In the wake of the midterm elections of November 6th and the resignation of Attorney General Jeff Sessions by request of President Trump, and the subsequent appointment of Matthew Whitaker as acting Attorney General, protests around the nation sprang up, including one on Thursday, the 8th, organized by the activist group No One Is Above The Law. Focusing specifically on the risk posed by Whitaker’s public statements against the investigation headed by Special Counsel Robert Mueller into connections between Trump’s family and Russian interference with the presidential election of 2016, speeches given at the beginning highlighted the concern for the checks and balances of our democracy, the need for accountability at the highest levels of government, and persistent outrage at a foreign dictatorship’s meddling. Many protest signs referenced Putin or collusion with Russia; others made mention of rule of law and protecting democracy from tyranny. One man with a chicken head mask carried a sign that said “NO FOX IN THE HEN-HOUSE” on one side and “PROTECT MUELLER INVESTIGATION” on the other.
To either side traffic waited, backed up for blocks, stymied by the mass of humanity united in purpose.
After speeches by Washington state governor Jay Inslee, U.S. Representative Pramila Jayapal, King County Executive Dow Constantine, and local organizers, the crowd of thousands moved from Cal Anderson park to 11th Ave and then down Pine toward downtown and the Federal Building on 2nd. Along the way, police on bicycles coasted silently along the sidelines, while other officers blocked car traffic at intersections with motorcycles and SUVs. Representing an entire spectrum, from spry elderly women in pink knit hats and cozy scarves, to the children bouncing next to their parents and shrieking protest slogans (“SHOW ME WHAT DEMOCRACY LOOKS LIKE; THIS IS WHAT DEMOCRACY LOOKS LIKE”), the crowd was comprised of regular people, dressed for the chill early November darkness, some with signs but most without, protest veterans and protest virgins alike bumping shoulders, many chatting casually with their friends as they walked. One dapper gentleman named Jeff, with a succinct sign that read simply “RULE OF LAW”, mentioned that this was his second protest; his first being the recent appointment of Brett Kavanaugh to the Supreme Court.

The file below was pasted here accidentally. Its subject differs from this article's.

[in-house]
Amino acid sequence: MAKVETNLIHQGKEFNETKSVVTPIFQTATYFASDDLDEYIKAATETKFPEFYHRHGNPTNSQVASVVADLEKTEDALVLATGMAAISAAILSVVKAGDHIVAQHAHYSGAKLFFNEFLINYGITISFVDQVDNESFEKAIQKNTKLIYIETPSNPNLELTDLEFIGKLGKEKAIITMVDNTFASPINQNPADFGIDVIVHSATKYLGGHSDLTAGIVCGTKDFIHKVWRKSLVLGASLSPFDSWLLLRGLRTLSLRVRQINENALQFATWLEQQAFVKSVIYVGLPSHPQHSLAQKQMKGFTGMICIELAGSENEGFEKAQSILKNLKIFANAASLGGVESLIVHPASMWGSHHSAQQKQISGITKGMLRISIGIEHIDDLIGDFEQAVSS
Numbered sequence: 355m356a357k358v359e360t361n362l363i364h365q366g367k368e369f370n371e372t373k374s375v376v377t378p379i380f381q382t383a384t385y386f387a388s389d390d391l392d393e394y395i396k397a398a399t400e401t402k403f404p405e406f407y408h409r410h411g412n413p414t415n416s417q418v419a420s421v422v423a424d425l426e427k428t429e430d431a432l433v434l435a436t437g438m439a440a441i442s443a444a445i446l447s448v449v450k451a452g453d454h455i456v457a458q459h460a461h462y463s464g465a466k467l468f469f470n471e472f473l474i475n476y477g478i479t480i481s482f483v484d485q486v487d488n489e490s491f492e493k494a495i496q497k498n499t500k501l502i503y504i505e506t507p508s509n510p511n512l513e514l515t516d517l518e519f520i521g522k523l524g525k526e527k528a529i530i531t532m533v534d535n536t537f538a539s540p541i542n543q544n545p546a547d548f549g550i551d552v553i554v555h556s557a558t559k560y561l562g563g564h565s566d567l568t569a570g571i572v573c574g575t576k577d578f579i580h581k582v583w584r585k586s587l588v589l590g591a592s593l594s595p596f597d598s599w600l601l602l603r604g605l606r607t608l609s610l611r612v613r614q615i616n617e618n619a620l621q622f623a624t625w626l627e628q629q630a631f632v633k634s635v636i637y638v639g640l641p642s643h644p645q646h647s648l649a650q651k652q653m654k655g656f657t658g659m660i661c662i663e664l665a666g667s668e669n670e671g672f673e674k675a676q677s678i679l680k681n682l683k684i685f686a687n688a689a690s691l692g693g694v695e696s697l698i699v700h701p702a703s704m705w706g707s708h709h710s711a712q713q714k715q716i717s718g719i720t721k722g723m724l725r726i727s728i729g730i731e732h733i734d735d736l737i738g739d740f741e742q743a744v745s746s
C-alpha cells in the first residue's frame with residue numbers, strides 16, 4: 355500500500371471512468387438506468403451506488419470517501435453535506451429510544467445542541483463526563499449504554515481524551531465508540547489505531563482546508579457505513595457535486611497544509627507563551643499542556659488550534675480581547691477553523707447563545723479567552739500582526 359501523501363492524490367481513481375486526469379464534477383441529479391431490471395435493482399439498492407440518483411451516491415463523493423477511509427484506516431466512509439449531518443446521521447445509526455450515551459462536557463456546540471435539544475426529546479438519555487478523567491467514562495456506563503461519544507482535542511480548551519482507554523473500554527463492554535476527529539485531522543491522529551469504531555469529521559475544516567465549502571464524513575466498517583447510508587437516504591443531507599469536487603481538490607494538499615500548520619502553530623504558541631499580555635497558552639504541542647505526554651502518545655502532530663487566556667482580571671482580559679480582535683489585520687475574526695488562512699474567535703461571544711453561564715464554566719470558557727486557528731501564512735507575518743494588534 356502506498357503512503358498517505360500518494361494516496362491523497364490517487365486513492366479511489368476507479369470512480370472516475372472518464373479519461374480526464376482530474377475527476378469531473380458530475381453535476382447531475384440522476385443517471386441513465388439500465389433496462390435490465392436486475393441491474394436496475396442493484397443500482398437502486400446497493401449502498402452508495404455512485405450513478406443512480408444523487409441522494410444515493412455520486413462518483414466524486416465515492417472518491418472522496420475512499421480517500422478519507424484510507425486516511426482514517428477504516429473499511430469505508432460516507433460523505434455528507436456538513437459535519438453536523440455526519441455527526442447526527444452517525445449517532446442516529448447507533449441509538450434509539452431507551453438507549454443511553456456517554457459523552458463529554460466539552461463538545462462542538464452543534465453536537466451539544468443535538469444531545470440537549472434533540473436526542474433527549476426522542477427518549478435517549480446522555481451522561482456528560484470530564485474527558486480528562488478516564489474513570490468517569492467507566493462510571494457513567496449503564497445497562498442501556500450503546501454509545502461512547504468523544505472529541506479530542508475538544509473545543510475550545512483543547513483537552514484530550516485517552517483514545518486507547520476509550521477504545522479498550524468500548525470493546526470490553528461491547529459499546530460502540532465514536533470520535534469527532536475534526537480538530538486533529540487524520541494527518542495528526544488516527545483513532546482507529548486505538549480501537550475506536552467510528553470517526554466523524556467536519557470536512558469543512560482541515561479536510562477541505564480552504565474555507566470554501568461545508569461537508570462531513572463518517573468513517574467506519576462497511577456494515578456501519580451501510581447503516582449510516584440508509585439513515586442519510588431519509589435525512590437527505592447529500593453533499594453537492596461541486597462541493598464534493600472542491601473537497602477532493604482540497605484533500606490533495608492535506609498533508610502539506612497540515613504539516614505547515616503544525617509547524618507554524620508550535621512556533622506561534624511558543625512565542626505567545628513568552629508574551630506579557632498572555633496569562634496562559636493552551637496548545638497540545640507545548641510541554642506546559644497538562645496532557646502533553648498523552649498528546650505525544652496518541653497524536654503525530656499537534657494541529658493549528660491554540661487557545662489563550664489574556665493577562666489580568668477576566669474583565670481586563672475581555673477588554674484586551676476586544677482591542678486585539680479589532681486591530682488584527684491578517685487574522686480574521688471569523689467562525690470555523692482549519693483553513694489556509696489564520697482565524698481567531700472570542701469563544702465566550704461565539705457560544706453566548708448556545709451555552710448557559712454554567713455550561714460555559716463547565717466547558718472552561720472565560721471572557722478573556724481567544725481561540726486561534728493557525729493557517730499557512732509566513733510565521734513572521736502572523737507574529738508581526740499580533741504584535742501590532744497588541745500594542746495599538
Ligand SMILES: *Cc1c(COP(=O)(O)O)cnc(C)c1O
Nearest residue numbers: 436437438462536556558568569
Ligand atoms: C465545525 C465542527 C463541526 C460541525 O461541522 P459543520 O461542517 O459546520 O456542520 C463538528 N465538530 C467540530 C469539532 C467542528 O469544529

The march led down the long steep drop of Pine Street into downtown, and at points, one could look either forward and down, or up and back, to catch a glimpse of the volume of people involved; multiple blocks in both directions were thick with bobbing heads and signs. On the sidewalks, people gathered to watch, some taking photo and video. A news helicopter rumbled overhead, bass thumps providing a beat to underscore the rhythm of thousands of footsteps. To either side traffic waited, backed up for blocks, stymied by the mass of humanity united in purpose. Occasionally, a clearly more experienced activist would rouse up a crowd chant; “What do we do when the fascists attack? Stand up, fight back!”, “Whose streets? Our streets!”, “No Trump; no KKK, no fascist USA!”, and “Let Bob [Robert Mueller] do his job!” all made repeated comebacks throughout the night.
Once the crowd settled at the Jefferson Federal Building on 2nd Ave in downtown Seattle, a local musician and political activist sang “The Star-Spangled Banner” followed by some original songs, followed by more speeches by other local activists including a local high school Biology teacher and an Afghanistan war veteran, and concluded with an appearance from Seattle Mayor Jenny Durkan. The entire protest remained peaceful and calm, alternating between listening and occasional chanting, and dispersed around 7:30 pm, allowing police to reopen 2nd Ave to car traffic.